Synthesis and characterization of the pentazolate anion cyclo-N5ˉ in (N5)6(H3O)3(NH4)4Cl

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Science  27 Jan 2017:
Vol. 355, Issue 6323, pp. 374-376
DOI: 10.1126/science.aah3840

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A salty route to an all-nitrogen ring

The flip side of the robust stability of N2 is the instability of any larger molecules composed exclusively of nitrogen. These molecules nonetheless remain enticing targets for explosive and propellant applications. Zhang et al. successfully prepared the pentazolate ion, a negatively charged ring of five nitrogens, by oxidative cleavage of a C–N bond in an aryl-substituted precursor (see the Perspective by Christe). The molecule was stabilized and isolated in the solid state as a hydrated ammonium chloride salt. Spectroscopic and crystallographic characterization confirmed the ring's planar geometry.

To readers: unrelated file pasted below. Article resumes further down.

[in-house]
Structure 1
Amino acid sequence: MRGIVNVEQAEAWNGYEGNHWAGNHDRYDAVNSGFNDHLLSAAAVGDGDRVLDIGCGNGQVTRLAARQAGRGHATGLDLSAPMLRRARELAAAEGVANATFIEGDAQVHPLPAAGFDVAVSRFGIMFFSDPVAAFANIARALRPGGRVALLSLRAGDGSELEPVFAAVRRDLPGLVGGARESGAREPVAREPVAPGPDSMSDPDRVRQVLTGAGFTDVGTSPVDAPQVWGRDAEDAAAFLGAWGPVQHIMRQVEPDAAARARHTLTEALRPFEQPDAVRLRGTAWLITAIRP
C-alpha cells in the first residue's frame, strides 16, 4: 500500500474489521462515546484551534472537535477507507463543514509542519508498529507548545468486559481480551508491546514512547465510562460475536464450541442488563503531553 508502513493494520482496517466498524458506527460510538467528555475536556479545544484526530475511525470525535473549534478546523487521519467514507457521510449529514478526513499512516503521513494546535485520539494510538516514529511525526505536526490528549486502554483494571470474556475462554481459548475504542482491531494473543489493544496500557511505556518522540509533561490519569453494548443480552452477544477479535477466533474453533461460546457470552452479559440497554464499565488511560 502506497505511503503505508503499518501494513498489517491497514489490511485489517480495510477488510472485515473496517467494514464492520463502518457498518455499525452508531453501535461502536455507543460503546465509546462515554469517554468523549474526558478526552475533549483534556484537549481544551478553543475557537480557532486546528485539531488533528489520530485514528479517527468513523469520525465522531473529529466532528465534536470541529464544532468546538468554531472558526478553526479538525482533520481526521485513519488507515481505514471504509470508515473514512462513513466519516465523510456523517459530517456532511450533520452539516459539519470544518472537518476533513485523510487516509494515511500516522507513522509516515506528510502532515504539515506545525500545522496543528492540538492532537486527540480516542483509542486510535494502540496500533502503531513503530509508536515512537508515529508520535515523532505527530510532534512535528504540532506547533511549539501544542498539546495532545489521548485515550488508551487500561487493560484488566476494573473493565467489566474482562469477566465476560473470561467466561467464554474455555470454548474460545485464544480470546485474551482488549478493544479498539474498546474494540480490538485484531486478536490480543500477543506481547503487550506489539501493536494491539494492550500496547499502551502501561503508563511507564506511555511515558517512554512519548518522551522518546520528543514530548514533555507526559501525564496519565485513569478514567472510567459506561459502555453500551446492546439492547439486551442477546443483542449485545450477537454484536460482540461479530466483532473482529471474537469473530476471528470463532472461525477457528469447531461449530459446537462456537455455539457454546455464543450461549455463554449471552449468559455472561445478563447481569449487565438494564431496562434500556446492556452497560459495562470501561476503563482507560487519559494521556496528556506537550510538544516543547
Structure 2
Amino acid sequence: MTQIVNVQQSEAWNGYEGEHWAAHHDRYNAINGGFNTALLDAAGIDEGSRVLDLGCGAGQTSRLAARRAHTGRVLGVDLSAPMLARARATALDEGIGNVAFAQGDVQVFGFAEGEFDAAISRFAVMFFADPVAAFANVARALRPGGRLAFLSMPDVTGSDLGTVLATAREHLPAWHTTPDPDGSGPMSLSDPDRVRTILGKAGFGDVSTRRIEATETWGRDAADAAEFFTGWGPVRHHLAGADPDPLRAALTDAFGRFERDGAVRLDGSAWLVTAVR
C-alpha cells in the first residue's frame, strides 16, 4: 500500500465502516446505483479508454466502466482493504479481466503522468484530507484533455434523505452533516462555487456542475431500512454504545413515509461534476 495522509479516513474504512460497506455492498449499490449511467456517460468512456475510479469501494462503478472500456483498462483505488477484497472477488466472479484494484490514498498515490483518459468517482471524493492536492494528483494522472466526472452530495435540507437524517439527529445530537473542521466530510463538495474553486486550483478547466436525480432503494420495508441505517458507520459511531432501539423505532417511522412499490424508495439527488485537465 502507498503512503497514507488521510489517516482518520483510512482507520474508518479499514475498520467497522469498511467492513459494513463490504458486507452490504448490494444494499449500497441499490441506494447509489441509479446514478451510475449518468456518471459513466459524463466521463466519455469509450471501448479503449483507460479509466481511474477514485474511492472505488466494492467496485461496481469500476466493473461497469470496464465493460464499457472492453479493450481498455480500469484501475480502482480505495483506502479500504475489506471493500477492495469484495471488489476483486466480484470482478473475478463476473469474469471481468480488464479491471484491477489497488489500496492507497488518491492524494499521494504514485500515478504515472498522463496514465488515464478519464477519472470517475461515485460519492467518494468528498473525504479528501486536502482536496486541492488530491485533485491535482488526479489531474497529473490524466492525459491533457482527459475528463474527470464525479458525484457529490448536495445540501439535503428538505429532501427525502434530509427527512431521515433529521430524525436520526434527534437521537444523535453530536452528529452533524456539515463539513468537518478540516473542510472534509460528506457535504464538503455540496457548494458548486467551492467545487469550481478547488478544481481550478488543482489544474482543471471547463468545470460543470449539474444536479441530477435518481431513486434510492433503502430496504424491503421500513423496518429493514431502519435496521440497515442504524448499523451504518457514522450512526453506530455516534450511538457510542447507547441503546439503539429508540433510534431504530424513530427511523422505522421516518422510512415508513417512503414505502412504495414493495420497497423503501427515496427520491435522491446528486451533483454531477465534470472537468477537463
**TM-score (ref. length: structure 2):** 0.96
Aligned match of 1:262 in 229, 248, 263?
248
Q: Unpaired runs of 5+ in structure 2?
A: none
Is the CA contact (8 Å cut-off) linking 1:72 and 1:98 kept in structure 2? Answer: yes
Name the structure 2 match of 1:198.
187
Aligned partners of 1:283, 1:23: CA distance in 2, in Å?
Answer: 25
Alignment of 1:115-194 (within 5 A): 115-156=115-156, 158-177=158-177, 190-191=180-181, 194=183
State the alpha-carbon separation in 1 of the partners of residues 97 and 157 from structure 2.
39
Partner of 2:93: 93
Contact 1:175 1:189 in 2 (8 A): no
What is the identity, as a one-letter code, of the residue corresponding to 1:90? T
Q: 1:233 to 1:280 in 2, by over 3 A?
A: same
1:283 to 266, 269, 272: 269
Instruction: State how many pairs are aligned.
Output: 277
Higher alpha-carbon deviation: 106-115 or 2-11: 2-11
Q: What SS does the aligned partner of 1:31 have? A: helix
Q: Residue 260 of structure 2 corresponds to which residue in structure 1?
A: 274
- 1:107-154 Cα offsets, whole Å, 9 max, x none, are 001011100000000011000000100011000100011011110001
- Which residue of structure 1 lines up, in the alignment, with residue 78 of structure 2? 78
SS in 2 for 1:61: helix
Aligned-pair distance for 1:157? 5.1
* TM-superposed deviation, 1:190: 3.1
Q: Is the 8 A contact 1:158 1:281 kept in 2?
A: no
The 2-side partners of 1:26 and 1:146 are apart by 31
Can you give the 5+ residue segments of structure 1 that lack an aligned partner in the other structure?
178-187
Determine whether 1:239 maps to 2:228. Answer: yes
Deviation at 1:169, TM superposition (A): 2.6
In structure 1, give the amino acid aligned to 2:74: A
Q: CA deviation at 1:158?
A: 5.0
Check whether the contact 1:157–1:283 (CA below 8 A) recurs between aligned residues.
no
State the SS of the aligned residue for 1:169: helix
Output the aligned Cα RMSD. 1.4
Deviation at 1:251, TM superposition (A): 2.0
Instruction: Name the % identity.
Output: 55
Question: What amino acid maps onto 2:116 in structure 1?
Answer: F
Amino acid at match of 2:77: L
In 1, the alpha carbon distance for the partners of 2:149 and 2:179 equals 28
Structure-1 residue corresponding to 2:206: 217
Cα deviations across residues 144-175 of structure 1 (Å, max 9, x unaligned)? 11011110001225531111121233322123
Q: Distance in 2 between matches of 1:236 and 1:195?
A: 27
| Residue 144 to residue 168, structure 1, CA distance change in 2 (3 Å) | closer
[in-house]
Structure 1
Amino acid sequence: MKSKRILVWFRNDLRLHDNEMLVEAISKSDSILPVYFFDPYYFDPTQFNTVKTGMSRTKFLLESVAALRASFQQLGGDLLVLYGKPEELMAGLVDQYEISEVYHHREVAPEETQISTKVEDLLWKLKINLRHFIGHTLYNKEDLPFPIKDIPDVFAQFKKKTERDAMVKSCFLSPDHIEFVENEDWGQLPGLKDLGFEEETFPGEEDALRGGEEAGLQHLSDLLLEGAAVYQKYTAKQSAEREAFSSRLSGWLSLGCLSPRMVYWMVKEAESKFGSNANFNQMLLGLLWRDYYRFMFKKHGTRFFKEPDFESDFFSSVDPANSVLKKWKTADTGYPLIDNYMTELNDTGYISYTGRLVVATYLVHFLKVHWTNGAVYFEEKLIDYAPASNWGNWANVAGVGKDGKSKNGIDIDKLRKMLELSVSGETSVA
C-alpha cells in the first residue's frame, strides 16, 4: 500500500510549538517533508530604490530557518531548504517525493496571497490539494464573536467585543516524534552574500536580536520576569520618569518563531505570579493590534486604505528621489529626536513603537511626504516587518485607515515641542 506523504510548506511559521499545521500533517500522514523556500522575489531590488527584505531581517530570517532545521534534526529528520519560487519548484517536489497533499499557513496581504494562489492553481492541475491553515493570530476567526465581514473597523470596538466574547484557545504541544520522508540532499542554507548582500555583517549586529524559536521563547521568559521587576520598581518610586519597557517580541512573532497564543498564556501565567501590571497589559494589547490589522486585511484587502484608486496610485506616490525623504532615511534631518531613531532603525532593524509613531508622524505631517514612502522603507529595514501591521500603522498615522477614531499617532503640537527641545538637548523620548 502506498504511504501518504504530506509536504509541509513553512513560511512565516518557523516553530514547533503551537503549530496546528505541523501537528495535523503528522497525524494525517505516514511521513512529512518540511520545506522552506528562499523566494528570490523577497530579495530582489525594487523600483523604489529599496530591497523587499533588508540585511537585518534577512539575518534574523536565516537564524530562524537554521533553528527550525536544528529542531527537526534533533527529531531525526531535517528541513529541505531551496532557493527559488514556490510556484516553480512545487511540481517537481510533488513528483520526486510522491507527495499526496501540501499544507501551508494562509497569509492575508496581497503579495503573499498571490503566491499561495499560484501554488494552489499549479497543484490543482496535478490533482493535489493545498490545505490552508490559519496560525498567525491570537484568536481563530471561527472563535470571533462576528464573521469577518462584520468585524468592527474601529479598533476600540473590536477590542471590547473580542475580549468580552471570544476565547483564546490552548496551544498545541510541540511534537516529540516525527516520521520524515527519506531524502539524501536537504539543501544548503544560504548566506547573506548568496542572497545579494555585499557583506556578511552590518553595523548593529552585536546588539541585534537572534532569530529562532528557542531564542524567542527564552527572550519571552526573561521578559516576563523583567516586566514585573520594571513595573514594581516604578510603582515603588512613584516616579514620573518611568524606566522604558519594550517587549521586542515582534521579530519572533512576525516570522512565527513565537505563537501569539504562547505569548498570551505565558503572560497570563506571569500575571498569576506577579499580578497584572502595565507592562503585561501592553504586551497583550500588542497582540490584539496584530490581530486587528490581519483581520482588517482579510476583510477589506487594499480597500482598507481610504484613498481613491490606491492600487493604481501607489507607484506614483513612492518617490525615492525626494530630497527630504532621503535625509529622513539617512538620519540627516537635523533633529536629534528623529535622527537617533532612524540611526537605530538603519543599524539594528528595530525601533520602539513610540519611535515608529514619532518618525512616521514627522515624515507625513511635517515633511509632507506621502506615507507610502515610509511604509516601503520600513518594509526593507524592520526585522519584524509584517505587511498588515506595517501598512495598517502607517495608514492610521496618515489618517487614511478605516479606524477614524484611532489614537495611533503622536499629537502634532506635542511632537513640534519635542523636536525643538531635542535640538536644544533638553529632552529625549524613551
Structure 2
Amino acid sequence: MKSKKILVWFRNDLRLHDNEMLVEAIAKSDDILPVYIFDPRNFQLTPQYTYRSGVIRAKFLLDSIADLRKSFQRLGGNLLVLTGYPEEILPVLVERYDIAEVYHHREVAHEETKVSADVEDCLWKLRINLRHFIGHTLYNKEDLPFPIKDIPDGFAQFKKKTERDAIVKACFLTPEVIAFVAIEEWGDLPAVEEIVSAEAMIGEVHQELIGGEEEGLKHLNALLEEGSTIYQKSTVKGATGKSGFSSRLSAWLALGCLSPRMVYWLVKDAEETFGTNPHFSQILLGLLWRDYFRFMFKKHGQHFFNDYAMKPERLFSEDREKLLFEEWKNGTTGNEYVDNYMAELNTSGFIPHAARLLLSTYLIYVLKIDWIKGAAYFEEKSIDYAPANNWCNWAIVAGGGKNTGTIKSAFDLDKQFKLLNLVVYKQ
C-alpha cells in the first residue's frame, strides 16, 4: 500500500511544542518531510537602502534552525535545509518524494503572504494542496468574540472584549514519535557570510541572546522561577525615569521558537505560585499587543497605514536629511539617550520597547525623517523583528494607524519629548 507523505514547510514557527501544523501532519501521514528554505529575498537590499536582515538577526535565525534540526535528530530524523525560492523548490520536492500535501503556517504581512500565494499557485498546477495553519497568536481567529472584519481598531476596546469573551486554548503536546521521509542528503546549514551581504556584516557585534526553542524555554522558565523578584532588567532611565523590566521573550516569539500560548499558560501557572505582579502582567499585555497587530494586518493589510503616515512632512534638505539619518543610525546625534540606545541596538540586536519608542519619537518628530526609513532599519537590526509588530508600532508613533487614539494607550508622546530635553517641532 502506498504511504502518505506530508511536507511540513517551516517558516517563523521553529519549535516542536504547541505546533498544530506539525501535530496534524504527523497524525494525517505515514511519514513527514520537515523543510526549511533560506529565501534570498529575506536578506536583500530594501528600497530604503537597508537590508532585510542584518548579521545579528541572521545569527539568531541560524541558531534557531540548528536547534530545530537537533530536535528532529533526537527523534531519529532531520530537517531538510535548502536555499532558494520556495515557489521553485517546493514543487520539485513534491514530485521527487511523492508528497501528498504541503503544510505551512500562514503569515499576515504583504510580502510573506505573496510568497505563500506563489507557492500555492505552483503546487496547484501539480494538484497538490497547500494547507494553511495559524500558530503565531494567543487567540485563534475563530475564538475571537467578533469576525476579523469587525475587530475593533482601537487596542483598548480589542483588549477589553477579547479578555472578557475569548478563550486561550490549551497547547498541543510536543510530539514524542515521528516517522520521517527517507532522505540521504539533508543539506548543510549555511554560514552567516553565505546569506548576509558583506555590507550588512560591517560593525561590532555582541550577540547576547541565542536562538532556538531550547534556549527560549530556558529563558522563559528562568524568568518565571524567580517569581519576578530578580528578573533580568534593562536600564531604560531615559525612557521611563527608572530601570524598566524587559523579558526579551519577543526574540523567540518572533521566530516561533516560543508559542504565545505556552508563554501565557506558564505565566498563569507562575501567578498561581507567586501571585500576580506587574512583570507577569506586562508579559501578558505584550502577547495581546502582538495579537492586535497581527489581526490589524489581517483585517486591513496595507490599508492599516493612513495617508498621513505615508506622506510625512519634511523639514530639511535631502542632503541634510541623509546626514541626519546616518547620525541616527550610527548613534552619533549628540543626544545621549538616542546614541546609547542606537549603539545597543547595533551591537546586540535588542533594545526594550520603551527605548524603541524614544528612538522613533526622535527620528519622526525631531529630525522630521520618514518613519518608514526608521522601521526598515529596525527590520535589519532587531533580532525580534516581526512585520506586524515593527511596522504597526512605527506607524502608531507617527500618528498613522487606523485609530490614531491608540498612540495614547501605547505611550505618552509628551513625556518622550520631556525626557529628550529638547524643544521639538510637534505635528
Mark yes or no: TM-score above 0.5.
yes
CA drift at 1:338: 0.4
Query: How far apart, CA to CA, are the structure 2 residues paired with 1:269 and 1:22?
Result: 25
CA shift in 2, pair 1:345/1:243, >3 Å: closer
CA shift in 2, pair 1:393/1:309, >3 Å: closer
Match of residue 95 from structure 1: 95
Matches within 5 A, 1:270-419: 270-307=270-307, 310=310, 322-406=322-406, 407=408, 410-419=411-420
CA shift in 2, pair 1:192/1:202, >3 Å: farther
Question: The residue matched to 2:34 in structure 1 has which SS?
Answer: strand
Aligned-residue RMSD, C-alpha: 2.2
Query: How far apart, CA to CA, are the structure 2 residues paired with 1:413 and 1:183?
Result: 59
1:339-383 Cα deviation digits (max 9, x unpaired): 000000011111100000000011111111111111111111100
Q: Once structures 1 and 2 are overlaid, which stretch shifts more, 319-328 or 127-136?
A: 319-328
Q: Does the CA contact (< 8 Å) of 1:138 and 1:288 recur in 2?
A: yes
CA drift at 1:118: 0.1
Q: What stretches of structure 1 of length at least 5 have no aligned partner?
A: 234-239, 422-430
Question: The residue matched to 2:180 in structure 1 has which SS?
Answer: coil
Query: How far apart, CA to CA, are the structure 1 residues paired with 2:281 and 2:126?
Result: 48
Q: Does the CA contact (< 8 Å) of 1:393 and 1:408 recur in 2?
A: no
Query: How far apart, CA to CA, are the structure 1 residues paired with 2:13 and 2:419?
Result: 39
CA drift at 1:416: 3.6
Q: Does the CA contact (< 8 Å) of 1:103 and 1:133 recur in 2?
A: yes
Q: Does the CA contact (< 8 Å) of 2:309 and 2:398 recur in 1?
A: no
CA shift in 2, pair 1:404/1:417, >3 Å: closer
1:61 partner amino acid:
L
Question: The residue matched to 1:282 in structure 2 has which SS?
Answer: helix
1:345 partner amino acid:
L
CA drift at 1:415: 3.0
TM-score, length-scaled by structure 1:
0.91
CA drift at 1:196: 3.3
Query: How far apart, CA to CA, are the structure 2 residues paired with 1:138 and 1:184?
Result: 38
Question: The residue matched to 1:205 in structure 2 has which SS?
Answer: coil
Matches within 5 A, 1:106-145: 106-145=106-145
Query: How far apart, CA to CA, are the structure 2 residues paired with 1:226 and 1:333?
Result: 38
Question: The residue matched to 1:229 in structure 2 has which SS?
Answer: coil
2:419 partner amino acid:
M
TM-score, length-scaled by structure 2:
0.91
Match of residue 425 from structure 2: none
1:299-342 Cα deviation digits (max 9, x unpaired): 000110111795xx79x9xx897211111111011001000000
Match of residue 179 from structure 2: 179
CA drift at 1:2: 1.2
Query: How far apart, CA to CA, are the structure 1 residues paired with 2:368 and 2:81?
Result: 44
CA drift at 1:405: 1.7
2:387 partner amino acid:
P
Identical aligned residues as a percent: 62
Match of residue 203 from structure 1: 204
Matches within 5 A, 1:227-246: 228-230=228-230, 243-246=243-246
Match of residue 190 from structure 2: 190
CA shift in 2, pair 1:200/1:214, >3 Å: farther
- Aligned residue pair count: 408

Science, this issue p. 374; see also p. 351


Pentazole (HN5), an unstable molecular ring comprising five nitrogen atoms, has been of great interest to researchers for the better part of a century. We report the synthesis and characterization of the pentazolate anion stabilized in a (N5)6(H3O)3(NH4)4Cl salt. The anion was generated by direct cleavage of the C–N bond in a multisubstituted arylpentazole using m-chloroperbenzoic acid and ferrous bisglycinate. The structure was confirmed by single-crystal x-ray diffraction analysis, which highlighted stabilization of the cyclo-N5ˉ ring by chloride, ammonium, and hydronium. Thermal analysis indicated the stability of the salt below 117°C on the basis of thermogravimetry-measured onset decomposition temperature.

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